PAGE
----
Blackfish

This whole film could so easily have been on Upworthy, with one of those ridiculous clickbait titles along the lines of After Watching This, You Will Never Look At SeaWorld The Same Way Again, Ever. Had this been the case, I might never have watched it, so it’s rather fortunate that the title is Blackfish and that the film was hosted on Netflix, a much more agreeable website in my humble opinion.

blackfish

With its ominous poster of an orca set against a black background, you would be forgiven for thinking this film is about how killer whales are just that: killing machines. In fact, it’s pretty much the opposite. The documentary studies the various killer whale attacks that have occurred since they have been kept in captivity by humans, noting importantly that such attacks have never happened in the wild. Furthermore, the film goes on to expose how SeaWorld not only tricks their employees into thinking that what they’re doing is good for the whales, but also how they’ve tried to cover up the attacks by saying it was a ‘trainer fault’, dispelling the idea that the whales might be unhappy or maddened by their surroundings.

It’s incredibly well put together, and they lay the facts out pretty clearly. I was quite impressed to discover just how social these animals are, and how large the emotional part of their brain is. On occasion, there is also video evidence showing just how brutal the orcas can be; perhaps the most horrifying of these is one where an experienced trainer is dragged to the bottom of a deep pool by his foot and held under for over a minute. Though he survives the ordeal (whoops, spoilers) it’s nevertheless a chilling sight.

One always has to be careful with a documentary like this, a documentary attacking a company. Though Blackfish‘s intentions are clearly good, they don’t paint a complete picture of SeaWorld and leave out the details of their better projects, such as their conservation efforts and research. SeaWorld have been more than happy to point this out in their counter-Blackfish campaign. While I believe many of Blackfish‘s points are valid, I do disagree with their anthropomorphisation of the killer whales, saying they have ’emotions’ such as grief and anger, as I don’t think this is very scientific. As always, one has to take the information presented with a pinch of salt, but at the very least you have to suspect that there is something fishy (buh-dum-tsh) about SeaWorld.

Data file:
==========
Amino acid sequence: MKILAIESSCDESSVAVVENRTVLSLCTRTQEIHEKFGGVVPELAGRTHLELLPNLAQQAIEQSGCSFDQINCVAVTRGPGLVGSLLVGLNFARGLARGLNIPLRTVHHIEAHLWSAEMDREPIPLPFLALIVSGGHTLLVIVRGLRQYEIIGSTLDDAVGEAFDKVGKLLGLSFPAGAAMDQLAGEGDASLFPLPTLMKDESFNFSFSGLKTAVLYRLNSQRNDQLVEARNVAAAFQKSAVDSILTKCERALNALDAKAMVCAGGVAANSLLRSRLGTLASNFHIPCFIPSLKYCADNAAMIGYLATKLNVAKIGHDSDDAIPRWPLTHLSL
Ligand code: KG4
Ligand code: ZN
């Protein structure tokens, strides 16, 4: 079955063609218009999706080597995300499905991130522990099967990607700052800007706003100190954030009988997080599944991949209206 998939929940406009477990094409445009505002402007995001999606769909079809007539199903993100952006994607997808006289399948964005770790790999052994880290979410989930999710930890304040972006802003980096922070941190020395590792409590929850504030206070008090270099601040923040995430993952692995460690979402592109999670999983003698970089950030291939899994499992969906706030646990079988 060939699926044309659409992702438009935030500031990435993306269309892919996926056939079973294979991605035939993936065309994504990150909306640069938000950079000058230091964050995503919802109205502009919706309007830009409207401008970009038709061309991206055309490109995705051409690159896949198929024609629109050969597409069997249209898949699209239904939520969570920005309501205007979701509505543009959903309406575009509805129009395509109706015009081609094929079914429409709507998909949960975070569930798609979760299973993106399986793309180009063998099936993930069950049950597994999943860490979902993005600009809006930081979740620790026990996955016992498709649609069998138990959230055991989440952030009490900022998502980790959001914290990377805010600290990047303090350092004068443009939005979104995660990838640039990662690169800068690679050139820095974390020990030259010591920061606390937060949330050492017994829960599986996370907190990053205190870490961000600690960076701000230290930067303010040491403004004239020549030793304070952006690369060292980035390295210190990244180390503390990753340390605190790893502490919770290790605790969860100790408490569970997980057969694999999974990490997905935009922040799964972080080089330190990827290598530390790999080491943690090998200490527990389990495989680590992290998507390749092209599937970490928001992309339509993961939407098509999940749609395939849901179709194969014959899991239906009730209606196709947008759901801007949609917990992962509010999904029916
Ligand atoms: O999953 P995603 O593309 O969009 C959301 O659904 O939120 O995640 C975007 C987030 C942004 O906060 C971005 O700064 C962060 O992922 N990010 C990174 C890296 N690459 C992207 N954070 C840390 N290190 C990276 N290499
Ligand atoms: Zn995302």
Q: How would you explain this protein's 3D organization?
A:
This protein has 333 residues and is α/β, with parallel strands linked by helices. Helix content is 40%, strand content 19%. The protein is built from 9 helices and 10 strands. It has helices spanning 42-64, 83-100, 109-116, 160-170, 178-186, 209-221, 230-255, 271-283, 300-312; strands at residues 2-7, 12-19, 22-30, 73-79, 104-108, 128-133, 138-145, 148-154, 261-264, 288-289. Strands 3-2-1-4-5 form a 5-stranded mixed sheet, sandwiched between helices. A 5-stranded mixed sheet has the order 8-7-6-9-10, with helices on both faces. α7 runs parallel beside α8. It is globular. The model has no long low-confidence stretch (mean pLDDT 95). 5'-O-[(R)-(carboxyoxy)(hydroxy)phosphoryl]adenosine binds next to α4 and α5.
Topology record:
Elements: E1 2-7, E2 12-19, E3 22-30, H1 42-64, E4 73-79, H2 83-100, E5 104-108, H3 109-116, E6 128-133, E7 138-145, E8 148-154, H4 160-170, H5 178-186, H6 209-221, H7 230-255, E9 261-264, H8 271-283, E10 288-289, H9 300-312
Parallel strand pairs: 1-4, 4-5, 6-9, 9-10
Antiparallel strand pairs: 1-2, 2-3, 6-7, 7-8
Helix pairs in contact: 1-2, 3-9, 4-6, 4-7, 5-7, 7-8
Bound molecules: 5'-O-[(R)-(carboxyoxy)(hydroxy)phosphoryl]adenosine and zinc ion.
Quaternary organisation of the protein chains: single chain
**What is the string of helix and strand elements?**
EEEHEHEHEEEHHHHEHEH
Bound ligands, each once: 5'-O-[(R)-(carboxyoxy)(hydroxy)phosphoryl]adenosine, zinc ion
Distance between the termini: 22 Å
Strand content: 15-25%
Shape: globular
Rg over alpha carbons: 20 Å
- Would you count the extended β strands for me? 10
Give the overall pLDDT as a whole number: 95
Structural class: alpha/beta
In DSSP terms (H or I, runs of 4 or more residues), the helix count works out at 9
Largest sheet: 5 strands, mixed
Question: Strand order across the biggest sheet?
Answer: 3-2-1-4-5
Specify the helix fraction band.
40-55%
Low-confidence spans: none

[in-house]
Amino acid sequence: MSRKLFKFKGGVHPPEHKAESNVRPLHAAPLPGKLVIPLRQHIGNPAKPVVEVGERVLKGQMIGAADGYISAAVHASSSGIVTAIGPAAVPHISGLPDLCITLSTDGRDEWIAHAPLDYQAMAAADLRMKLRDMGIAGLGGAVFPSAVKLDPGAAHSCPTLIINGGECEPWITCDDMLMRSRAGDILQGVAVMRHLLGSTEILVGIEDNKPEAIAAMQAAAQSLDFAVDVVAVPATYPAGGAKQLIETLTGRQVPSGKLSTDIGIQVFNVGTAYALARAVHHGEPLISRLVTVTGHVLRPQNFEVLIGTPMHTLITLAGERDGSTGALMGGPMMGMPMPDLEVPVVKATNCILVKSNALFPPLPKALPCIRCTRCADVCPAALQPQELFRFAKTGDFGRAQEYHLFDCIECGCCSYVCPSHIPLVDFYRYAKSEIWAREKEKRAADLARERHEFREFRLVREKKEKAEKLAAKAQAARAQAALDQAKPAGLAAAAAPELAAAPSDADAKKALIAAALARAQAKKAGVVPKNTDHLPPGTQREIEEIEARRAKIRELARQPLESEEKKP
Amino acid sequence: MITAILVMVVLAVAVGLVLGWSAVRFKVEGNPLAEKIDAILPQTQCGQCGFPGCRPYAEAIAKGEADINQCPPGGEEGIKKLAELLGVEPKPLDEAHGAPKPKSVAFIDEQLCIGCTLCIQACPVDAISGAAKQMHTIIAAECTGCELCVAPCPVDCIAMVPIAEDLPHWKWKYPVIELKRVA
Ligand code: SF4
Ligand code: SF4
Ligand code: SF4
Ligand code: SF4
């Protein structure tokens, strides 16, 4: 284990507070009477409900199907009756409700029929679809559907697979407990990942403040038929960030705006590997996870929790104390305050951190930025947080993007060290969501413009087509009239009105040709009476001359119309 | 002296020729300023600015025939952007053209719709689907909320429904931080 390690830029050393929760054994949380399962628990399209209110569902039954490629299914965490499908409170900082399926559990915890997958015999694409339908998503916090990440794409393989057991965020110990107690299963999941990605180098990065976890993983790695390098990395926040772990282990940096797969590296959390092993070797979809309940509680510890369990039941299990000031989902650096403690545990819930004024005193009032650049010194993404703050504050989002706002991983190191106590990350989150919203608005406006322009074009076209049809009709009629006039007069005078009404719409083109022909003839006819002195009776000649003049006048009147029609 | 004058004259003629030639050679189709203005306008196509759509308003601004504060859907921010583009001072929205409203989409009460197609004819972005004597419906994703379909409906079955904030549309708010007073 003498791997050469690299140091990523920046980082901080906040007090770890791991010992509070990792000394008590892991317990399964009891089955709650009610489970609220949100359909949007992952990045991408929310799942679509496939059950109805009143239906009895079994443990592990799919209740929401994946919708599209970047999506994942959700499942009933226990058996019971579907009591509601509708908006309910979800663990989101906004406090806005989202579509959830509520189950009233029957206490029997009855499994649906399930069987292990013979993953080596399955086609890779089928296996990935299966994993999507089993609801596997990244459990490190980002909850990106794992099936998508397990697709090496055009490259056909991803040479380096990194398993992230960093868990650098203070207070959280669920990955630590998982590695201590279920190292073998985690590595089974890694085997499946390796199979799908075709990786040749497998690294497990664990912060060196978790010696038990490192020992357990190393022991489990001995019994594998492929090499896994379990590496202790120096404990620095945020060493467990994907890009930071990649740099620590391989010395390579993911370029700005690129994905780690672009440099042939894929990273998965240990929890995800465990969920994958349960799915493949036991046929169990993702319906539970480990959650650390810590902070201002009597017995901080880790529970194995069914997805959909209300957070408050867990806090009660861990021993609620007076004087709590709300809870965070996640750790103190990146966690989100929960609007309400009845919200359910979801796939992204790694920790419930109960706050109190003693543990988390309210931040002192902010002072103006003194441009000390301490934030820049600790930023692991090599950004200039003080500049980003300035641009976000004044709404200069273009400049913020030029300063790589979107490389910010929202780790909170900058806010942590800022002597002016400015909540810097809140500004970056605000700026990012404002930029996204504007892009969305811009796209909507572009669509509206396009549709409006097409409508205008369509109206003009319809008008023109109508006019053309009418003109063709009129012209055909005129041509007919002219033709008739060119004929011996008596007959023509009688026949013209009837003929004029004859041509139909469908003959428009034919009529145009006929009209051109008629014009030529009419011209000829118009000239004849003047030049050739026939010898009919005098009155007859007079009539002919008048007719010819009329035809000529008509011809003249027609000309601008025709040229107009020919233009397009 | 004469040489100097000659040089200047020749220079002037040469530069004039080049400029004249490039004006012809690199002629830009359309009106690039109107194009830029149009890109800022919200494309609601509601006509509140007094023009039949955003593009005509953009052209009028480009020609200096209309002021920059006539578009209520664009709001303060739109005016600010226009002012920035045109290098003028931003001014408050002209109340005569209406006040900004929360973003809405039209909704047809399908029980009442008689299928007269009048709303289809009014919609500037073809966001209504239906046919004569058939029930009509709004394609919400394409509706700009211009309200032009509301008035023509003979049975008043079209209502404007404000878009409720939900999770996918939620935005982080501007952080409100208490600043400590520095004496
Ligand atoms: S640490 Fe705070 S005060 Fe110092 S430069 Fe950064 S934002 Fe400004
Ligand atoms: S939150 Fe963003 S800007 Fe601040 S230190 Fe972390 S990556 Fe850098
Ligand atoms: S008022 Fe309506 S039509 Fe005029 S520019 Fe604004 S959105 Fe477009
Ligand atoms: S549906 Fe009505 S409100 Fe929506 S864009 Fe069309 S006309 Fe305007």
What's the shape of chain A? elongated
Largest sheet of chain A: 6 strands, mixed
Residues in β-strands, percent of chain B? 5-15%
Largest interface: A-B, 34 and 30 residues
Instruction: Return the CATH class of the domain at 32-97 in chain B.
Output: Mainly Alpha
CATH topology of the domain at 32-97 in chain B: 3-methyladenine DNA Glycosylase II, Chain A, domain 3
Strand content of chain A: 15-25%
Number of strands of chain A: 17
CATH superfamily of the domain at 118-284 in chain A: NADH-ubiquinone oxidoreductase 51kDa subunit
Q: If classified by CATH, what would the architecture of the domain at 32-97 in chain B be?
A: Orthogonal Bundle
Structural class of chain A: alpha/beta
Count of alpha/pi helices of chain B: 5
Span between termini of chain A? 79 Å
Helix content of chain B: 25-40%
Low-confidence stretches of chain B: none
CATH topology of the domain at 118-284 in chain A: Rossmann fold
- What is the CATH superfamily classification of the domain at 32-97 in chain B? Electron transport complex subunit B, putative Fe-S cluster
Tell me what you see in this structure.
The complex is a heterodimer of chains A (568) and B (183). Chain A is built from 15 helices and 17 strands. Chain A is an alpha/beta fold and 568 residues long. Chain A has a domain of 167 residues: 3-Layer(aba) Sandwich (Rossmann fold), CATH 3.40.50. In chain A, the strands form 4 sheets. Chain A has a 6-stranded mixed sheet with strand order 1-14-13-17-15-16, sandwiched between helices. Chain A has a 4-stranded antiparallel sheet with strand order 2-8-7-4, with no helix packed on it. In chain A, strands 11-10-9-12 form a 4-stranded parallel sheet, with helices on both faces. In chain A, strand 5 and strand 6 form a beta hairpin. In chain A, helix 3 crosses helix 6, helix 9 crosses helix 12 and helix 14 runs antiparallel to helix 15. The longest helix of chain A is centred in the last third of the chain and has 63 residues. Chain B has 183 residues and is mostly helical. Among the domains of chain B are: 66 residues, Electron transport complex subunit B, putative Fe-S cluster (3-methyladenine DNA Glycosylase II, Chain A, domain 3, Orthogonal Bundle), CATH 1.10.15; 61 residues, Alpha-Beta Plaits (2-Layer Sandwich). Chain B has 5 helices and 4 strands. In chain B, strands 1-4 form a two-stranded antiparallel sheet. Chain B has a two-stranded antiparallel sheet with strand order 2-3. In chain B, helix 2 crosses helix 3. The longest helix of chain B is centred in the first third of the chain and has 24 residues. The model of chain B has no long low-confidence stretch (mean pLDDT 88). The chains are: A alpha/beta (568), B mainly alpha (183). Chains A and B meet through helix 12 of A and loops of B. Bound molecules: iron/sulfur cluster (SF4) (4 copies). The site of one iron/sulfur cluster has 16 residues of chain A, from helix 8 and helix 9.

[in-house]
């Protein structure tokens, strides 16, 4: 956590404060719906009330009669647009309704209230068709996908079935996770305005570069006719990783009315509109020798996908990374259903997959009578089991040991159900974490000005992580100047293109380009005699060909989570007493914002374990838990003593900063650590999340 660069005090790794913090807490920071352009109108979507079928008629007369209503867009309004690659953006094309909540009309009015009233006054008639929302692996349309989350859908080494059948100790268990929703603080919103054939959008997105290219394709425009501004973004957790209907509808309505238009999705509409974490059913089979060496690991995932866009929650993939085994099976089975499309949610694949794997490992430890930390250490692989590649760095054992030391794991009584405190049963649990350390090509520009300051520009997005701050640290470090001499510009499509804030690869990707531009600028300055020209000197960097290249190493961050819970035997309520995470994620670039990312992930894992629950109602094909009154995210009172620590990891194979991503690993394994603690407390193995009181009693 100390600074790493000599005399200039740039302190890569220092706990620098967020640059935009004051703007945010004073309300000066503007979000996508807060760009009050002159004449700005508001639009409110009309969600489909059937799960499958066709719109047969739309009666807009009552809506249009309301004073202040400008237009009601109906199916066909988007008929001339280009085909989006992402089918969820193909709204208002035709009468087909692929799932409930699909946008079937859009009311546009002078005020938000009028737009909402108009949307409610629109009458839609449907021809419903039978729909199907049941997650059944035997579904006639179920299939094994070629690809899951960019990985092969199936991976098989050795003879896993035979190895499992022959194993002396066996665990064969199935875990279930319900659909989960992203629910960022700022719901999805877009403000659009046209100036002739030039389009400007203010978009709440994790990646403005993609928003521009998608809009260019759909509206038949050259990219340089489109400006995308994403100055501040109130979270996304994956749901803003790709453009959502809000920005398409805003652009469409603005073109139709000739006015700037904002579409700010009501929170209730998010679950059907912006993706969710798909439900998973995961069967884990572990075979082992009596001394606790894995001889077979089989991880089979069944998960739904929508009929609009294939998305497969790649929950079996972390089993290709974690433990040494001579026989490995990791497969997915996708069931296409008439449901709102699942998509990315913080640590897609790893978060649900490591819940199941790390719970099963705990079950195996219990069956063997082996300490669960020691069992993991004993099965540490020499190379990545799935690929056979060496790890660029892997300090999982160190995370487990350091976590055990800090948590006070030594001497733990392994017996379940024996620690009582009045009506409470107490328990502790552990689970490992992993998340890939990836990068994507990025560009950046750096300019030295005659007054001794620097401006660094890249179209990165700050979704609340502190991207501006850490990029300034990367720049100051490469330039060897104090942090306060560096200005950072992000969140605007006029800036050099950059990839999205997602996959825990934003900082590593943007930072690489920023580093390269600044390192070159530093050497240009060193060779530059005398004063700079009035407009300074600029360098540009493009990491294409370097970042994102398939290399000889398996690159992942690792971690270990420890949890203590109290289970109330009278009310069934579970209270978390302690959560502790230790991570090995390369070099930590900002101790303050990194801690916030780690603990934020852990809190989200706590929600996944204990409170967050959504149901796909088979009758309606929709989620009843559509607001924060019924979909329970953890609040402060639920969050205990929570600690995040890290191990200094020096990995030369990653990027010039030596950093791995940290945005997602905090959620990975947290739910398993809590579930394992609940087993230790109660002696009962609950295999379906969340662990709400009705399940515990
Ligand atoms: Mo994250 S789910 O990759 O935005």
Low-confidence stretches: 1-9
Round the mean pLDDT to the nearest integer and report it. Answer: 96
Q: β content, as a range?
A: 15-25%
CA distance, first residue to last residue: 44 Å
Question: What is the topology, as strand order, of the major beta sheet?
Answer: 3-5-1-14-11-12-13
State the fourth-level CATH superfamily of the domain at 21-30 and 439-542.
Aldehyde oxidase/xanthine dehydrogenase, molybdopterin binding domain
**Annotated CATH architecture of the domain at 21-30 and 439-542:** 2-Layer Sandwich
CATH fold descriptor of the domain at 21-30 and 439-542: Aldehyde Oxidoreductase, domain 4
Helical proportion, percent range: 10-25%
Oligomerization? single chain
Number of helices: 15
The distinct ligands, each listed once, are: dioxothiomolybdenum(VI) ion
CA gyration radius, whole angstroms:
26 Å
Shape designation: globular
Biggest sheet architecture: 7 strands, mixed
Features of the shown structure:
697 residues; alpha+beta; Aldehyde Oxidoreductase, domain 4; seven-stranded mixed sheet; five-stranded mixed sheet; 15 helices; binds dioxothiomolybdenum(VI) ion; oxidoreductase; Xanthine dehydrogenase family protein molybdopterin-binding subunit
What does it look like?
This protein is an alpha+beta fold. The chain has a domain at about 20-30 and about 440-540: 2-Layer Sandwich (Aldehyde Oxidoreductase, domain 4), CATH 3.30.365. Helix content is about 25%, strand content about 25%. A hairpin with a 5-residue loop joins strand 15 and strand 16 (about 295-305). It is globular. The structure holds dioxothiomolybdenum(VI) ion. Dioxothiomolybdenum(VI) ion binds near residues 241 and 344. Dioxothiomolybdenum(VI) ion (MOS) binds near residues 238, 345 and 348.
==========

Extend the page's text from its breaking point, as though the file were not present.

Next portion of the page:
Having been to one of the SeaWorld parks and seeing the Shamu show when I was younger, the film has certainly made me feel uneasy about the whole affair and with both sides putting forward great arguments it’s difficult to know who to trust. Perhaps the only certainty is that the orcas are beautiful creatures and deserve to be treated with the utmost respect. If you don’t have an hour and a half to dedicate to this film though, I know a progressive rock band who wrote something more succinct but with the same basic message.

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